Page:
Few things are worse than a potty-trained dog defecating indoors or rushing to do his business because of stomach upset. We’re not sure who suffers more, the dog or their owner. Managing diarrhea in dogs is no easy feat, especially when the bouts of diarrhea are urgent, which they often are. Today, we’re sharing tips to manage diarrhea in dogs. Of course, we recommend you discuss health concerns with your veterinary team, especially if your dog’s diarrhea lasts more than 24 to 48 hours.
Managing Diarrhea in Dogs: Consider Fasting Your Dog
If it’s gotten to the point where the dog has constant bouts of diarrhea and is pooping often and indoors, start by considering a fast. Fasting your dog temporarily may help him or her eliminate whatever caused the stomach upset. Fasting can also reduce gastric pain and inflammation and help them heal. Many dogs fast themselves by refusing meals when they are sick. They know that a fast can bring them relief, they’re so smart!
When fasting, remember, you’re only withholding food for approximately 24 hours. Your dog should still have access to plenty of fresh water and supervision. You don’t want to fast a dog with diarrhea and leave him home alone. If your dog is sick enough for a fast, try to stay home with him or engage your dog walker or pet sitter to come over and sit with him while you’re at work.
Managing Diarrhea in Dogs: Create a Safe Space
A dog with diarrhea can blow up your home, literally and figuratively. Your rugs, carpeting, and even walls are vulnerable to explosive or urgent diarrhea. We, therefore, recommend creating a safe space for your dog to rest in during his illness is the best bet.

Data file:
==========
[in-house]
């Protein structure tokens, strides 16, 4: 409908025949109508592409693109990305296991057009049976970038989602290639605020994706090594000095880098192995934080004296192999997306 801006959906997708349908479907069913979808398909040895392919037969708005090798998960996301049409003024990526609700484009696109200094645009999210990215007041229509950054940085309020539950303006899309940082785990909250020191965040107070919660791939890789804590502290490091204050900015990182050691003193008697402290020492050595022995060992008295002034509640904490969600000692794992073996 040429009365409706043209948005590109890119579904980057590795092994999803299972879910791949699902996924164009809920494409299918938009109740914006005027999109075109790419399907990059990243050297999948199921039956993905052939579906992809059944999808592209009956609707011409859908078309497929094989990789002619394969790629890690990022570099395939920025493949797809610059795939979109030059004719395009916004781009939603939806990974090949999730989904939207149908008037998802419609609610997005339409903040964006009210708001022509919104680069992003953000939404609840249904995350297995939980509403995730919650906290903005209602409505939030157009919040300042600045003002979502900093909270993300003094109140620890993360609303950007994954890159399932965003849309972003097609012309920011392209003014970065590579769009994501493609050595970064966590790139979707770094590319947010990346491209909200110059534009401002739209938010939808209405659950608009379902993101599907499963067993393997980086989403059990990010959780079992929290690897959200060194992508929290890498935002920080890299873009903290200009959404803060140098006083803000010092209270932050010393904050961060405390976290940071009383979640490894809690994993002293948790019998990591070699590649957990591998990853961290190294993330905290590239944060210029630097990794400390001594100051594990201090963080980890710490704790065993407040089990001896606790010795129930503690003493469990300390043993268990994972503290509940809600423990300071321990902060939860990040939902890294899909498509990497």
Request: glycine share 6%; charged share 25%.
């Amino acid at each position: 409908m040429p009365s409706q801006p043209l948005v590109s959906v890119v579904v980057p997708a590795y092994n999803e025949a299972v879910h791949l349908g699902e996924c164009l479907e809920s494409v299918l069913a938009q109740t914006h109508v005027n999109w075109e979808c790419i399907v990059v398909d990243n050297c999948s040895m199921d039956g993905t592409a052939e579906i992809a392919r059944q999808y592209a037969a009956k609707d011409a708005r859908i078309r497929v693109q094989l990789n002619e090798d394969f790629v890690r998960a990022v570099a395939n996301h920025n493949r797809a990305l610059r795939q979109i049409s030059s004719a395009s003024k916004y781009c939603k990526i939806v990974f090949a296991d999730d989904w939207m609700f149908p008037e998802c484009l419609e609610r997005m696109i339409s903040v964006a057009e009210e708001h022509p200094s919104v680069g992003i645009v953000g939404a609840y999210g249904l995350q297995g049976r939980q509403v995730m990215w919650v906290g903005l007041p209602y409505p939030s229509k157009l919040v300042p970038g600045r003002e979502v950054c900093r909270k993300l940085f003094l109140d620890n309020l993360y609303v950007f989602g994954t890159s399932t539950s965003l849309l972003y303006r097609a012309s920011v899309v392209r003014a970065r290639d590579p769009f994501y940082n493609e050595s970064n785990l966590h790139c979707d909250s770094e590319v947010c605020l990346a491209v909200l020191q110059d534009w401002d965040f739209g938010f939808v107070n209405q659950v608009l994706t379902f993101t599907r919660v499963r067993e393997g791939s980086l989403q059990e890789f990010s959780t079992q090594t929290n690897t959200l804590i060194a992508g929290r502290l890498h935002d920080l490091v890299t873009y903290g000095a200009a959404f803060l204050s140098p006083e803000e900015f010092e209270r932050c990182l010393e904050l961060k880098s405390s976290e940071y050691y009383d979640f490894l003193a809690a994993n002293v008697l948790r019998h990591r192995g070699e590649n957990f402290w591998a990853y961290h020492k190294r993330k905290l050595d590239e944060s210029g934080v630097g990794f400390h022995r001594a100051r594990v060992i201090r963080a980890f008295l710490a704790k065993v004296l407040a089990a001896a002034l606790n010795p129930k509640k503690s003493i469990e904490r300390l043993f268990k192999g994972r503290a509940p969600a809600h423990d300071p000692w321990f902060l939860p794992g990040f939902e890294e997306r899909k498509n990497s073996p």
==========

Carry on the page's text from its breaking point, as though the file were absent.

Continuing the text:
When choosing a safe space, consider a bathroom or bedroom with flooring that can be easily cleaned. Purchase dog pads and lay them down for quick pick-up. Painters tape will help you keep them in place. Then, bring in a cozy dog bed or blanket that can be washed. Having washable, waterproof blankets for your dogs is a great idea because they are especially useful in these moments.
In your safe space, keep a freshly filled water bowl and consider playing calming music and diffusing calming pheromones. Whatever you do, don’t leave anything that might tempt your dog to break his fast – like garbage, snacks, etc. Some dogs rummage through trash and even eat soap so puppy-proofing the space is key before securing your pet inside.
Also, when choosing a safe space, consider where you’ll be spending time so you can choose a room that is close to your bedroom. Ideally, the space allow you to supervise your dog overnight while you’re in bed and will also allow your dog to feel your presence so they don’t feel locked up and abandoned.
Managing Diarrhea in Dogs: Try Natural Remedies
As long as your dog’s diarrhea isn’t severe, you may consider trying natural remedies at home.
Herbs like Slippery Elm are available for humans and can be sprinkled on food or into bone broth. Learn more about the soothing qualities of slippery elm here.
Speaking of bone broth, a mixture of water with bone broth may encourage your dog to hydrate, which is key to helping them recover from diarrhea.